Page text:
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Recently, I asked one of my clients how often they present. The answer: twice a year, maybe. My client was referring to how often they stand in front of a roomful of people with a slide presentation behind them. Hmmm… Really? Is that all?
I would like to broaden the definition of ‘presenting’ to any time we have to speak to someone and persuade them to take action, support a project, sign a contract, give up the old way for the new way of doing something, etc. With slides or without slides behind us.
That means you are presenting every day: in meetings, on telephone calls, on video calls, in elevators or sometimes, even in a bathroom. (A wee anecdote comes to mind about convincing a female Head of IT of the importance of certain system functionality while we were washing our hands at the same time – she was really hard to tie down for a meeting!)
What does it take to be successful if we use the new definition of presenting?
- Topic expertise
- Well thought-out arguments and logic
- Emotional intelligence
- Excellent communication skills: questioning, listening, negotiating, speaking, influencing, etc.
Yes indeed, the same skills you need when you present with slides behind you twice a year. That’s why it’s so important to work on improving our ‘presentation’ skills every day, not just in spurts twice a year to get us ready for the official presentation to a roomful of people.
I can imagine the moans and groans now: I don’t have time to worry about my communication skills every day! Of course I am emotionally intelligent – that’s just a buzzword anyway! I’m right brained so naturally, I’m logical!
I believe there is always something we can learn from others at meetings, in presentations and on calls. The learning might be acquiring new information and knowledge. It might also be learning communication strategy and techniques.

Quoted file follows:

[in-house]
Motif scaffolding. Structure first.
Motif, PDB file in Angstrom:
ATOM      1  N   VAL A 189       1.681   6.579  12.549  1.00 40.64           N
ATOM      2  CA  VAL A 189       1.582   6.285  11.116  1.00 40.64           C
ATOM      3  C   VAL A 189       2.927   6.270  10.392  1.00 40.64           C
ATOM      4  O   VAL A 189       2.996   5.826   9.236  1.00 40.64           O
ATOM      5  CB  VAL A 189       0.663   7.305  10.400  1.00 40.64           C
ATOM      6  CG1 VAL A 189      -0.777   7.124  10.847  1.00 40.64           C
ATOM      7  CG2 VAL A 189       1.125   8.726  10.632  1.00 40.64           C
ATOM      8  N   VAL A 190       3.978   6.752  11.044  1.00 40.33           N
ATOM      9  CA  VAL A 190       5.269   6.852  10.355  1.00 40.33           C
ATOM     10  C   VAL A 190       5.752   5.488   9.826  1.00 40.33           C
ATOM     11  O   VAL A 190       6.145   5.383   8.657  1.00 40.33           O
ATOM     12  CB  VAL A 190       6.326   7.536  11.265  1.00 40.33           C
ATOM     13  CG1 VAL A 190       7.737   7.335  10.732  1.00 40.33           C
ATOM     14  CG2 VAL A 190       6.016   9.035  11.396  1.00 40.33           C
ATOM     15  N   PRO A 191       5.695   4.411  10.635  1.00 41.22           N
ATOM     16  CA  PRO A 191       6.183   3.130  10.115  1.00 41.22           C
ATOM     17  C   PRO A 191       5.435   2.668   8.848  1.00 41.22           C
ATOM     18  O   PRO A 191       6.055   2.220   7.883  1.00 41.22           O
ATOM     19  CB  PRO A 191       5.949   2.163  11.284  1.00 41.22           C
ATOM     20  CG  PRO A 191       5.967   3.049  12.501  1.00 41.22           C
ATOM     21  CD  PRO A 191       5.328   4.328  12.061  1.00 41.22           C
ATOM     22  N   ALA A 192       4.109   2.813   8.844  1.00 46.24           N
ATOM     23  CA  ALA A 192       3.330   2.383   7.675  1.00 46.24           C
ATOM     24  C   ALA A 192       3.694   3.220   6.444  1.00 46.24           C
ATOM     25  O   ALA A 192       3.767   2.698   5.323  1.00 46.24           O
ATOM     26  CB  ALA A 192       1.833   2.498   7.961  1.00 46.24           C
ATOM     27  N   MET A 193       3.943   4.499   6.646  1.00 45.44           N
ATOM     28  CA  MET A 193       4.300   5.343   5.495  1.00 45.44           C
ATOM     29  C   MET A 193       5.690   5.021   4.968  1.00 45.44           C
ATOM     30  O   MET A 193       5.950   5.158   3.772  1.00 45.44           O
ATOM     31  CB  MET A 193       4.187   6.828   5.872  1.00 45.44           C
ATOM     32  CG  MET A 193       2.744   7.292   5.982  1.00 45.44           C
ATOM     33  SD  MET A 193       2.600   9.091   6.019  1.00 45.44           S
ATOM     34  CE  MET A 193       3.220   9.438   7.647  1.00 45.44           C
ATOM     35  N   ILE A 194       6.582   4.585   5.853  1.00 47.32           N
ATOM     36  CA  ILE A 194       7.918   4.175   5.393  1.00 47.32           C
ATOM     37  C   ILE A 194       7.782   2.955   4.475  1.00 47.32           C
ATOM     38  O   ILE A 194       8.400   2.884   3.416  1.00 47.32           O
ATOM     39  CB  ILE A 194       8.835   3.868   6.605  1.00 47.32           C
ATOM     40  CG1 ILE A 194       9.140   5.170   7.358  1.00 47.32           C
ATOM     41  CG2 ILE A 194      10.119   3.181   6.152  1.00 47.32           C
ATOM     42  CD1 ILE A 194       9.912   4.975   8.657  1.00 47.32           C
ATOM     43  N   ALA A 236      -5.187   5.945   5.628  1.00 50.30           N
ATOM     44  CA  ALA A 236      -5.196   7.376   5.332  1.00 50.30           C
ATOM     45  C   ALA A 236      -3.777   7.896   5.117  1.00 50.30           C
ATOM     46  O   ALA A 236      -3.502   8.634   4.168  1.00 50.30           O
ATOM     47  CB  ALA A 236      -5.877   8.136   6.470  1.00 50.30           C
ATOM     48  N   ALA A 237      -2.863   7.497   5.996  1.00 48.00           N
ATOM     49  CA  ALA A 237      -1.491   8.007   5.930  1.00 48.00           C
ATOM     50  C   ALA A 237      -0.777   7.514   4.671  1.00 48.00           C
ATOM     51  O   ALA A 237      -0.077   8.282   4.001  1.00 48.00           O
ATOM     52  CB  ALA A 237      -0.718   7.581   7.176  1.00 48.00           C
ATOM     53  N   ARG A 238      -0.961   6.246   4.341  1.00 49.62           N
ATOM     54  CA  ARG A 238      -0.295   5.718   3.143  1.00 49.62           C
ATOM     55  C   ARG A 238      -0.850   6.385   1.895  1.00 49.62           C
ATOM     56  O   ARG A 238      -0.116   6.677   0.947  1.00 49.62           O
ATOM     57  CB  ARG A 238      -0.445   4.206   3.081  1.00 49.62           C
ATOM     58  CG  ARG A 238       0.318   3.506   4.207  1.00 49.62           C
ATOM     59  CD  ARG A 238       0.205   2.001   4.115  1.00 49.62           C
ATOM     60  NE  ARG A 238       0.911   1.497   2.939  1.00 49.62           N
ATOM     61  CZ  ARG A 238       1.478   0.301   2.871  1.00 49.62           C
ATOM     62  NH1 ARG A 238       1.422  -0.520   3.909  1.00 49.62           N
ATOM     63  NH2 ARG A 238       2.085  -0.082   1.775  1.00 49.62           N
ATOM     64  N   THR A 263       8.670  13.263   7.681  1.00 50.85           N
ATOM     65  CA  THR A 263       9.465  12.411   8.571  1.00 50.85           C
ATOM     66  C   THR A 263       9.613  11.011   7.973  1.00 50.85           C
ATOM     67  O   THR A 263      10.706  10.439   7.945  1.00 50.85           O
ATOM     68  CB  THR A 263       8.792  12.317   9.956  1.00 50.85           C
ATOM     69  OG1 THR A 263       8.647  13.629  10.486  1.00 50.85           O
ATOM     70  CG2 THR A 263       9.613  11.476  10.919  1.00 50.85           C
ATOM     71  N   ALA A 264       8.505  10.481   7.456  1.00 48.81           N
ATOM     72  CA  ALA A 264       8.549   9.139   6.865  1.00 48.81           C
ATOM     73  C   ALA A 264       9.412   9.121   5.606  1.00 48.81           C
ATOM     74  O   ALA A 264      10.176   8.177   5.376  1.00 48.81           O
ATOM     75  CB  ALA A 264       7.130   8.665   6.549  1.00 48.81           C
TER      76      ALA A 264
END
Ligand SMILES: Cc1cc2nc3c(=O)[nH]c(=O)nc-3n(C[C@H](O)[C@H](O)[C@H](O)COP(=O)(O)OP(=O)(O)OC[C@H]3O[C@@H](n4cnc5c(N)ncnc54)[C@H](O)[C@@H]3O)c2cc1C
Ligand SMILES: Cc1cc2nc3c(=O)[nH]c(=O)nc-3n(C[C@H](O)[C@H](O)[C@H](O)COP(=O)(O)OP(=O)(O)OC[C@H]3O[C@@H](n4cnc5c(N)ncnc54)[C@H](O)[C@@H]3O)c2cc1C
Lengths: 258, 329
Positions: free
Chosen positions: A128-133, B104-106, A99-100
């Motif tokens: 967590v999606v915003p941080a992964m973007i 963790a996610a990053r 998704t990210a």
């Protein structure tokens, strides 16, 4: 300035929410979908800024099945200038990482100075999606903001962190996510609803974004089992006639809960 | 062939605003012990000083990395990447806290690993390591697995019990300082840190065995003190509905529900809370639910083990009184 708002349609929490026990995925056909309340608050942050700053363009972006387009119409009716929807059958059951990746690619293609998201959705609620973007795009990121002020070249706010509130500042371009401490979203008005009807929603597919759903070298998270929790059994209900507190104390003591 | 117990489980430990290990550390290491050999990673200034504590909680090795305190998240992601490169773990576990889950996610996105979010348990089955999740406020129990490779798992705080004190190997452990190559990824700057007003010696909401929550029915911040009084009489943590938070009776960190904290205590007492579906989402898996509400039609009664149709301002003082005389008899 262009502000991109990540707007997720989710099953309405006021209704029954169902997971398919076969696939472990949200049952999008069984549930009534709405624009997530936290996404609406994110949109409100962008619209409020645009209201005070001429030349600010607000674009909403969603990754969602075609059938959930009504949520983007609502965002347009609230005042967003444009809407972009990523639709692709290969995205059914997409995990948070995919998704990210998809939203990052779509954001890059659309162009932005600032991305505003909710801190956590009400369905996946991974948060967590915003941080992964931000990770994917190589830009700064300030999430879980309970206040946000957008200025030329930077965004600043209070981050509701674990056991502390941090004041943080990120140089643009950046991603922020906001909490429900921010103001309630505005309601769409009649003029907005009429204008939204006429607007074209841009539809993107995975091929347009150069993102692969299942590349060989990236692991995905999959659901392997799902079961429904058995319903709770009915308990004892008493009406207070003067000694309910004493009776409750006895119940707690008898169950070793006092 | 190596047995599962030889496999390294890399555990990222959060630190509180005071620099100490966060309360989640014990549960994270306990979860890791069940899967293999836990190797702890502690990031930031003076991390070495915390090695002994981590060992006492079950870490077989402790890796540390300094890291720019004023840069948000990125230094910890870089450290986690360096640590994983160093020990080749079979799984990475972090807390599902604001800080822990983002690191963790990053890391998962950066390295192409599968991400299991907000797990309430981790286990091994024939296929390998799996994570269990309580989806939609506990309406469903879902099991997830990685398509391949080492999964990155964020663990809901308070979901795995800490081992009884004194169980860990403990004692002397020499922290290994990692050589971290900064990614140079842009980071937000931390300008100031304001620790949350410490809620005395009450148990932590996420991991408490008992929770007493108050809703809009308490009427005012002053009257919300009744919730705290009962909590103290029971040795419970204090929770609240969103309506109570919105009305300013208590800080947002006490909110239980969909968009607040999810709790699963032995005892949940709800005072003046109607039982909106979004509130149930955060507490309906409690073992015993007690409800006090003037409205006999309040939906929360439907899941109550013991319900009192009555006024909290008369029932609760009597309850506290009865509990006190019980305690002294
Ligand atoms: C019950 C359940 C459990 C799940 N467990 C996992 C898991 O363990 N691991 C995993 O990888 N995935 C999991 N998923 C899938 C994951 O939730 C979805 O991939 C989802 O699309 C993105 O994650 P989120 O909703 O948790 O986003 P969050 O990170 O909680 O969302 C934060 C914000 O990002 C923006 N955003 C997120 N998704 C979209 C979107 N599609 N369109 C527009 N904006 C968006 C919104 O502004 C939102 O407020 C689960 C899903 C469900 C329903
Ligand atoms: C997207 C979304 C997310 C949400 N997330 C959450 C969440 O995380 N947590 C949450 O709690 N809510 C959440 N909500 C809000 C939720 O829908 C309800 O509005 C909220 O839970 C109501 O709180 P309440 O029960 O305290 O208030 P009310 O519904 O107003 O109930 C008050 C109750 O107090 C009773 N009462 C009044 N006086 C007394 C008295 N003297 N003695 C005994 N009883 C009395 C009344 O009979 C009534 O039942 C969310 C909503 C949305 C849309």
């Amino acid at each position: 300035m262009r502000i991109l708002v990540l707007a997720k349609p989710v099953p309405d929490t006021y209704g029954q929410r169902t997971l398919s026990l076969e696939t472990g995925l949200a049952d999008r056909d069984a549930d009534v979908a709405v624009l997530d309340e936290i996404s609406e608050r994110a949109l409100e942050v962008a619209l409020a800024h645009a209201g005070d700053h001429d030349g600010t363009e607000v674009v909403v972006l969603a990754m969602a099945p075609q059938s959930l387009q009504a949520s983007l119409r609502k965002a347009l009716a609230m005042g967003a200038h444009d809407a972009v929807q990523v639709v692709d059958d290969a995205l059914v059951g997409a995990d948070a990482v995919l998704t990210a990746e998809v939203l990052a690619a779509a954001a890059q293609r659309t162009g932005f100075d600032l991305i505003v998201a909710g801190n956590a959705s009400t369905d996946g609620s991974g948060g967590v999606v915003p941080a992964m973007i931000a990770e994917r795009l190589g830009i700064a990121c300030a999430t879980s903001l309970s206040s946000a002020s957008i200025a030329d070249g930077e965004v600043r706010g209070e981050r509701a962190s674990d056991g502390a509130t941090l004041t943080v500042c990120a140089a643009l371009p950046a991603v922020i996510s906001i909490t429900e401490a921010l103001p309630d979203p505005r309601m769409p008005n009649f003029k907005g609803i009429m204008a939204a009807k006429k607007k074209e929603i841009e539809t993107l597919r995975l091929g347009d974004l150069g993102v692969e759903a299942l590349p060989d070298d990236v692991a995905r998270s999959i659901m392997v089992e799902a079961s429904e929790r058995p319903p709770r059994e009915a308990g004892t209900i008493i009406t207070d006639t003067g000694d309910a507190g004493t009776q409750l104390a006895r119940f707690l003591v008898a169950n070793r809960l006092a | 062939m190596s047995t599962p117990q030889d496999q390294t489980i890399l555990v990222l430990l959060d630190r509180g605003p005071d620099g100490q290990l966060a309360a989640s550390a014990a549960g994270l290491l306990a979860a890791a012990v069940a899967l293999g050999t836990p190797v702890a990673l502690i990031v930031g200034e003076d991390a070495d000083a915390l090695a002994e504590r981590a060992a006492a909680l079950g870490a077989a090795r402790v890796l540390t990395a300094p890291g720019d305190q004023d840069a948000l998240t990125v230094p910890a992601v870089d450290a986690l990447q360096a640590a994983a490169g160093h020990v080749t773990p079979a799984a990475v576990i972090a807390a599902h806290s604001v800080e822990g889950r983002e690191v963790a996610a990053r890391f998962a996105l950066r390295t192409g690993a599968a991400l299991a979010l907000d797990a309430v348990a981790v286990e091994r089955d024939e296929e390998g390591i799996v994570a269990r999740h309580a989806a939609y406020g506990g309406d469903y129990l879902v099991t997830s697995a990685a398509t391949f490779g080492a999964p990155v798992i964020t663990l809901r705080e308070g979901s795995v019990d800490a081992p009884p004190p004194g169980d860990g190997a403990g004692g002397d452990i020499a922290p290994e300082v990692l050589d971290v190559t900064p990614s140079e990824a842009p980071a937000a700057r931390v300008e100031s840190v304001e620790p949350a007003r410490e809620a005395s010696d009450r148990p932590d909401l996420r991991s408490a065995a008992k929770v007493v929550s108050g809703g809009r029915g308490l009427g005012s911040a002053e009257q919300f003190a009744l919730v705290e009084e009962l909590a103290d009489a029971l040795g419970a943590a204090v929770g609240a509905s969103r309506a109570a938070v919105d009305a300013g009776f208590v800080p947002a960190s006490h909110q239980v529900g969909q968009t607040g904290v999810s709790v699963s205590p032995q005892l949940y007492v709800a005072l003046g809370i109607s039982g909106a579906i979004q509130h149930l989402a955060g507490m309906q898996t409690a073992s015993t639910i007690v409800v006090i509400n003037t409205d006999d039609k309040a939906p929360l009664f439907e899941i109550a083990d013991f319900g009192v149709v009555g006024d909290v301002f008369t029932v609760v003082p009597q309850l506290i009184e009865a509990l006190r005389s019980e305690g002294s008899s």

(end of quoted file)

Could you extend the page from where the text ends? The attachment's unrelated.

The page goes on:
We can learn what NOT to do by watching or listening to others. (You know what I’m talking about. Remember that time you were sitting in a meeting, watching and listening, and then something went wrong. You thought “Note to self: Don’t ever … “)
Or we can learn what TO do by watching or listening to presenting ‘greats’, from skilled colleagues to Steve Jobs and Martin Luther King Jr.
Here are 10 ways you can learn and improve your communication skills every day without much effort:
- Ask for feedback from someone you trust to be honest with you after a business interaction.
- Assess the outcome you got from a business interaction against the outcome you wanted, taking into account mood and tone at the conclusion of the interaction.
- Sign up for internal seminars on communication strategy and techniques – they are often less expensive than external seminars.
- Read/listen to online resources like LinkedIn, podcasts, etc., on your ride to/from work.
- Organize a brown-bag lunch series at work to share expertise and experience.
- Read a non-fiction book for 30 minutes a day. (I’ve just started The Brain that Changes Itself by Norman Doidge, M.D.)
- Do something you’re scared of every day, like making that call you have been avoiding or calling someone and sharing with them how you can help them be more successful.
- Join Toastmasters to improve your public speaking skills. (I’m the Vice President of Education at the Heidelberg International Toastmasters Club at the time of writing – I highly recommend Toastmasters to improve your speaking skills within a safe community.)
- Call someone in your network to catch up: ask questions, listen to answers, share insights, offer help and share successes.
- Consistently ask for and volunteer for opportunities where you have to speak in front of others, whether it’s one person, three people or 60 people.
Learn by listening. Learn by watching. Learn by doing. If you consciously build this philosophy into your life, you’ll improve your communication skills and your success before you know it.
And number 11: Find a communication skills trainer or coach. We’re here to help.
Wishing you every success in your journey to excellent communication skills and success.
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